After months of stasis under a caretaker prime minister, the UK finally has a new one, Liz Truss, and with her, a new chancellor of the exchequer in the form of Kwasi Kwarteng. For better or worse, this administration has promised to deliver sweeping reforms to UK finances. Cutting taxes to the tune of over £30 billion ($34 billion) was one of Truss’s flagship policies in the hard-fought leadership contest.
Given rising inflation and sky-high energy costs, the new cabinet must act quickly and decisively. A key measure reportedly in consideration for the upcoming “mini-budget” on Sept. 23 is a temporary cut to value-added tax.
The UK government is not alone in its plans to tinker with indirect taxation. As the entire European continent braces for a long, hard winter, many EU countries have axed VAT on energy. Some have gone a step further, with Germany renewing a cut to VAT on hospitality services into 2023, and Poland cutting VAT on food until the end of the year.
This raises some interesting questions. Why do governments tend to cut indirect taxes during times of economic hardship? How can they target these reforms for maximum efficacy? And crucially, what does this mean for businesses?
Why Are Governments Cutting VAT?
The last time the UK implemented a broad-brush cut to VAT, like the one reportedly under consideration by the Truss administration, was during the 2008 financial crisis. From November 2008 to January 2010, Chancellor Alistair Darling temporarily cut VAT by 2.5% to 15% in an effort to boost consumer spending.
Did his intervention prove effective? Not particularly. A 2010 ORC report found that four in five businesses passed the VAT cut onto consumers, but most felt it had little impact on shopper behavior.
However, this doesn’t mean that any intervention by the current government would be similarly ineffective. The situation in 2008 was very different from today’s crisis. For instance, we are experiencing almost the direct inverse in terms of energy prices—crude oil tanked to $43.44 per barrel at the turn of 2009 from $147.30 per barrel in July 2008. Plus, the previous cut of 2.5% falls short of the 5% or even 10% cut reportedly planned by Truss and Kwarteng.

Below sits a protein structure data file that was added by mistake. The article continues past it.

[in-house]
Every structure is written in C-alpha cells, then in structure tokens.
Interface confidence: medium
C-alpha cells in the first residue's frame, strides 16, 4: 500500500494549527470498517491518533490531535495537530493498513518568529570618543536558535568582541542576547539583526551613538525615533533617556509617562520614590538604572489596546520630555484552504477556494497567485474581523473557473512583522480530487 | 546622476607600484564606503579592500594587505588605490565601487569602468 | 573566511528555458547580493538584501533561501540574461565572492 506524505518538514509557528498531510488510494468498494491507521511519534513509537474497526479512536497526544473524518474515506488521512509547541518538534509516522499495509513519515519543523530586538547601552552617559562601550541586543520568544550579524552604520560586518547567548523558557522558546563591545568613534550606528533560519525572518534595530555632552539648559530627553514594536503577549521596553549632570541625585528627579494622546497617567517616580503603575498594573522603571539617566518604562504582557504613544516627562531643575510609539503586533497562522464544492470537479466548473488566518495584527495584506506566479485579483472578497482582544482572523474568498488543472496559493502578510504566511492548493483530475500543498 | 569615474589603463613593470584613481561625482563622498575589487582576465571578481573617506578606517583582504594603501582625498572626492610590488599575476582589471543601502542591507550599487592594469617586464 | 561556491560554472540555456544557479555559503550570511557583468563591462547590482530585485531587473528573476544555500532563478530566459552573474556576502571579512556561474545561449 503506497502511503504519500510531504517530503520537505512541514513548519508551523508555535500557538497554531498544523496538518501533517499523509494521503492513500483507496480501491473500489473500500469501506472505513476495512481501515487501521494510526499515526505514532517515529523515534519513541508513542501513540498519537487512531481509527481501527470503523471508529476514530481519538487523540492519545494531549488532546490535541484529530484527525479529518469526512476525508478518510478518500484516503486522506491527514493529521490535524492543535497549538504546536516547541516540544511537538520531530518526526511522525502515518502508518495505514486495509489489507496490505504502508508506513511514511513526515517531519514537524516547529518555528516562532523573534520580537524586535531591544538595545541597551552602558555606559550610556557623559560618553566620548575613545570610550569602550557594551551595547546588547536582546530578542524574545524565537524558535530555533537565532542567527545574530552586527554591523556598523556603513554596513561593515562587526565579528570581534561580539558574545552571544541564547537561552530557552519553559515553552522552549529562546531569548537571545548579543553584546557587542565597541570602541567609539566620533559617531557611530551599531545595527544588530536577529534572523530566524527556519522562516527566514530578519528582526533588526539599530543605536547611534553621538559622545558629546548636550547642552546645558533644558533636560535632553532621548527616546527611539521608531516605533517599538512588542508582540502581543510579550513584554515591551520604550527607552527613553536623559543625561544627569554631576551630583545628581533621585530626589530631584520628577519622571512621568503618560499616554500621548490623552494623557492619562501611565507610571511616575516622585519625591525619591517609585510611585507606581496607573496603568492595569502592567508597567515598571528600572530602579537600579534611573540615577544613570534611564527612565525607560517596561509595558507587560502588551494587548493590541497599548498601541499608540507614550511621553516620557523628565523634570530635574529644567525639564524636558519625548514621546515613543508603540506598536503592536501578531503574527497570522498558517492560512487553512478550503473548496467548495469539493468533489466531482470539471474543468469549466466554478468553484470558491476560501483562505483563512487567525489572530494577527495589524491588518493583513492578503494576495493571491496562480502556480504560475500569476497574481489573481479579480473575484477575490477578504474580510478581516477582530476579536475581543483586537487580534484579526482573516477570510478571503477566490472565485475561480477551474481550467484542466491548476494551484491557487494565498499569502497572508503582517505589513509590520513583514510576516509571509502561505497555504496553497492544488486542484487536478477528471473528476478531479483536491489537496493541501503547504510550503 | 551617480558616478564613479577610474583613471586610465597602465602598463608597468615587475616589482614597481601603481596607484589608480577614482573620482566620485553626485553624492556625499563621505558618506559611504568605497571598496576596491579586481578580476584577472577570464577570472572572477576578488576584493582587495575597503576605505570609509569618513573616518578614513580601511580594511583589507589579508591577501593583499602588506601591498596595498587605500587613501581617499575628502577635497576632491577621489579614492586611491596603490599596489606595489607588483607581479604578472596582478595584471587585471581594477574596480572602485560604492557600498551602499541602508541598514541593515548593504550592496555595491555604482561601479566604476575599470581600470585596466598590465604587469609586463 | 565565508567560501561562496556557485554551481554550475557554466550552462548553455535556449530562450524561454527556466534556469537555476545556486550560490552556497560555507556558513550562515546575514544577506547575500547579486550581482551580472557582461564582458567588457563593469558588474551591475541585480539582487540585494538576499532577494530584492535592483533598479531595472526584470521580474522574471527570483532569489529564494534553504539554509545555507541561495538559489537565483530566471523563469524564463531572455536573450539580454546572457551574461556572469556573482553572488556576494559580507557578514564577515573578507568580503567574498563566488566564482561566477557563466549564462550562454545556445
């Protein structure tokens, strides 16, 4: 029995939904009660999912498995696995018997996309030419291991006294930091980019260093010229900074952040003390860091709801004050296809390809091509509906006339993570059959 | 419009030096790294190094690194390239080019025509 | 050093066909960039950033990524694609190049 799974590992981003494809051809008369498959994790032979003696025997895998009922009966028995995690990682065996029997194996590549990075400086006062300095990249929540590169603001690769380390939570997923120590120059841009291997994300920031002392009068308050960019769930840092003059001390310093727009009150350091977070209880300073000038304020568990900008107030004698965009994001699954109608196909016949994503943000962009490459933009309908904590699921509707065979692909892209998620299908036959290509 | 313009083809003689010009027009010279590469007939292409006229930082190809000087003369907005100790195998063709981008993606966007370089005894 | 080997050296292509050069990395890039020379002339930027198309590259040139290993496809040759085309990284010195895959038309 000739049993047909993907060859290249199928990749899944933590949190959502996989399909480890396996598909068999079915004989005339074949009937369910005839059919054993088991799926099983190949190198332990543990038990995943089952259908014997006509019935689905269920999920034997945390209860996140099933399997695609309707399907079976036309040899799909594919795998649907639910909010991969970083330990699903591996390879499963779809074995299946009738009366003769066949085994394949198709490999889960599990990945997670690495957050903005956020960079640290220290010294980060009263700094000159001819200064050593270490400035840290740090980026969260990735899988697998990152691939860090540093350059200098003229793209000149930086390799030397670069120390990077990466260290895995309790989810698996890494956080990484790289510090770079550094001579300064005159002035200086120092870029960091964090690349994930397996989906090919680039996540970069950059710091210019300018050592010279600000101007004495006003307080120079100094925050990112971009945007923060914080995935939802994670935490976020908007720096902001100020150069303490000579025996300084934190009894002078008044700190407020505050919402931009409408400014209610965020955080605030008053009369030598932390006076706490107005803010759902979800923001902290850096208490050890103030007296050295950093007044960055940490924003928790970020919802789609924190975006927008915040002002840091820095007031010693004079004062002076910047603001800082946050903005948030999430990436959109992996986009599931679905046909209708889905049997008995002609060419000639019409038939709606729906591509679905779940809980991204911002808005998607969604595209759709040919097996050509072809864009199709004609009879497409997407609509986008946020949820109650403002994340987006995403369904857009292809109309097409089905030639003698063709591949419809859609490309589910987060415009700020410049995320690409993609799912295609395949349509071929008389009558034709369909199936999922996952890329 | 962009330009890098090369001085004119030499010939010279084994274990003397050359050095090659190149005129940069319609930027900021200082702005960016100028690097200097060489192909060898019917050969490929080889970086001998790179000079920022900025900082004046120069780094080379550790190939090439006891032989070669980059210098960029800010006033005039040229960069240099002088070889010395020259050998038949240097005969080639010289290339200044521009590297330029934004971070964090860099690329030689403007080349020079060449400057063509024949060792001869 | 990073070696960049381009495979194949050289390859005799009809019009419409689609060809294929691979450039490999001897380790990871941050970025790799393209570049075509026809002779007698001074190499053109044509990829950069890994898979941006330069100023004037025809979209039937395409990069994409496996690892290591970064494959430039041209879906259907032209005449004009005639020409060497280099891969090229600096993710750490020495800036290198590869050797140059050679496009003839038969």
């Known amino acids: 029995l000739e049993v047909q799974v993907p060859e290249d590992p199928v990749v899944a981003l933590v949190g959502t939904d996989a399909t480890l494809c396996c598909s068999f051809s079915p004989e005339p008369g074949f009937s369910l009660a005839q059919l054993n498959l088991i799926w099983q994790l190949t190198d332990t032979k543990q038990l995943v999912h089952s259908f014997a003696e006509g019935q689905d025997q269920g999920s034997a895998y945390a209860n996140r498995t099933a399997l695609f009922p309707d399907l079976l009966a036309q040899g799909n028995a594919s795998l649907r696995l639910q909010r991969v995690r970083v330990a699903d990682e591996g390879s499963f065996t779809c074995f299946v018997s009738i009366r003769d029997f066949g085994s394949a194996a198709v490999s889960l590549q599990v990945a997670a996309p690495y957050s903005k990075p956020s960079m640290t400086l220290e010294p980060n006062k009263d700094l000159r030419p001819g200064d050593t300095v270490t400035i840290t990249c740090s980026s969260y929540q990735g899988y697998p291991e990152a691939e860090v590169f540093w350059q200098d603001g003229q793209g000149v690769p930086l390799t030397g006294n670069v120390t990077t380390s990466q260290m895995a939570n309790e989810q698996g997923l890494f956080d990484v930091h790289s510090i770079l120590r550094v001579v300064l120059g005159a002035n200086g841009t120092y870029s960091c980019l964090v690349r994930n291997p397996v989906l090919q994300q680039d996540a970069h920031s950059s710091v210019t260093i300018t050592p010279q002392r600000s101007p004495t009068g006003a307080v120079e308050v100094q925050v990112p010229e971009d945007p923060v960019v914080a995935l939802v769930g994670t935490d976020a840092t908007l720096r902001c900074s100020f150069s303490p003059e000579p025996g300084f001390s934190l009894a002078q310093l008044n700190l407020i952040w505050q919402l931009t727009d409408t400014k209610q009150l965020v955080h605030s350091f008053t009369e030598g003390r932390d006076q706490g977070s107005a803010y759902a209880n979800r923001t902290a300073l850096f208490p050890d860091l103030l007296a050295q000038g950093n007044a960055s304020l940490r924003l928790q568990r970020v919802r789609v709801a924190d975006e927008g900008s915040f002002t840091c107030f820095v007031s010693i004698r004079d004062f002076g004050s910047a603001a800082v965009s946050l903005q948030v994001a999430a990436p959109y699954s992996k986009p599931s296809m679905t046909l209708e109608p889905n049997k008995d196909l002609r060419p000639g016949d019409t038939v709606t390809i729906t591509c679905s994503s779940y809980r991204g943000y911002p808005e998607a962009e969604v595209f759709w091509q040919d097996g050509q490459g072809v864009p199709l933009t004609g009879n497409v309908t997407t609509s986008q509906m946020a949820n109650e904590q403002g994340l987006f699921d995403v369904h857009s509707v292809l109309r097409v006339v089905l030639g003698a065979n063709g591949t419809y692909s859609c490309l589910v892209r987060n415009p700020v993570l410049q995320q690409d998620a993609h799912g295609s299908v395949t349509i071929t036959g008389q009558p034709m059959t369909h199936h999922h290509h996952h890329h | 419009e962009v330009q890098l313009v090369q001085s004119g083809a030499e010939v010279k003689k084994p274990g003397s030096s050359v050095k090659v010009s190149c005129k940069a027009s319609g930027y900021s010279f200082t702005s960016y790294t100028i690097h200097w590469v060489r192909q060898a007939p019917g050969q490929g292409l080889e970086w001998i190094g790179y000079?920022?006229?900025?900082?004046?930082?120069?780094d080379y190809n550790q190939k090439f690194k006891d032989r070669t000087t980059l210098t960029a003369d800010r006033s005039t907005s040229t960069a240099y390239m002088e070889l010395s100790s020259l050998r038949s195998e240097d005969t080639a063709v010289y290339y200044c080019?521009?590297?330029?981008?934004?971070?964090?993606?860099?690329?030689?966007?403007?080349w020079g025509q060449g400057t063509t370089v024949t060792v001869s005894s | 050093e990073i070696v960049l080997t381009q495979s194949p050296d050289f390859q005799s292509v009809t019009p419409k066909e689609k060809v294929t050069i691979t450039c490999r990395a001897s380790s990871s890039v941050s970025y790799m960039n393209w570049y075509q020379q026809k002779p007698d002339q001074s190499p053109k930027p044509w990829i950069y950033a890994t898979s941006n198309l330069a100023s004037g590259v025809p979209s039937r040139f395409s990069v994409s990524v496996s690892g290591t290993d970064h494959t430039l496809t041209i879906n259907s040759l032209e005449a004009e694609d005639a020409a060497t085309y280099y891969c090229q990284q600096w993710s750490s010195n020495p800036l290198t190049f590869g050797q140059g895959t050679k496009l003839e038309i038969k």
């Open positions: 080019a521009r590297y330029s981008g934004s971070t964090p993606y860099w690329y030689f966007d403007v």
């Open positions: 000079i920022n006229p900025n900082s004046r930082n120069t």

How Are VAT Cuts Deployed?
When cutting indirect taxes like VAT, governments can take several routes. The first is a broad-brush approach in the form of a flat cut to VAT—applicable to all sectors. The second option is to be more targeted. For instance, we have already seen many EU countries axing VAT on skyrocketing energy bills. And some are considering further VAT cuts to keep down the costs of inflation-hit essentials like food, toiletries, cleaning products, and some clothing.
It’s also possible that governments will target specific sectors—such as hospitality, for example—to encourage spending on luxuries as consumers tighten their belts. In theory, governments will collect more VAT revenue long term if they can prevent hospitality businesses from closing. Job losses due to business closures also lead to lost income tax revenue and additional spending on unemployment benefits.
It is worth noting that cuts to VAT can have other welcome side effects, such as encouraging cross-border shopping. Commentators have speculated that a UK VAT cut would encourage shoppers from the Republic of Ireland (where VAT is 23%) to cross the border to Northern Ireland for their larger purchases, particularly in the run-up to Christmas. This would buoy economic activity in struggling Northern Ireland. The same principle would apply in continental Europe if large VAT discrepancies emerged between neighbors like Spain and Portugal or between Germany and Poland. There are reports of this already happening, with Czech shoppers going to Poland to take advantage of the VAT cut on foods.
What Does This Mean for Businesses?
Since VAT as a tax method essentially turns private businesses into tax collectors, any changes will directly impact their compliance and reporting processes. Examples of the so-called compliance burden include having to educate employees on changes, update and test systems, and correct errors. What’s more, it’s likely that UK businesses will have to move quickly to comply with any changes. Back in 2008, they were given just one week’s notice of the temporary VAT reduction.
The compliance burden is exacerbated for multinational businesses—particularly since it looks like EU jurisdictions will also implement a patchwork of temporary VAT cuts.
To prepare themselves, businesses must dedicate resources to monitoring any announcements regarding VAT. These can come thick and fast. For instance, Italy has previously given businesses just 24 hours to comply with a VAT change.
Businesses should also look at their internal VAT compliance and reporting processes. Can these be streamlined, outsourced, or automated? Do they have adequate in-house expertise across all relevant markets, or should they look to external partners for support? Short of having a crystal ball, engaging in proactive preparation is the best way to avoid getting caught out by any upcoming changes to VAT.
This article does not necessarily reflect the opinion of The Bureau of National Affairs, Inc., the publisher of Bloomberg Law and Bloomberg Tax, or its owners.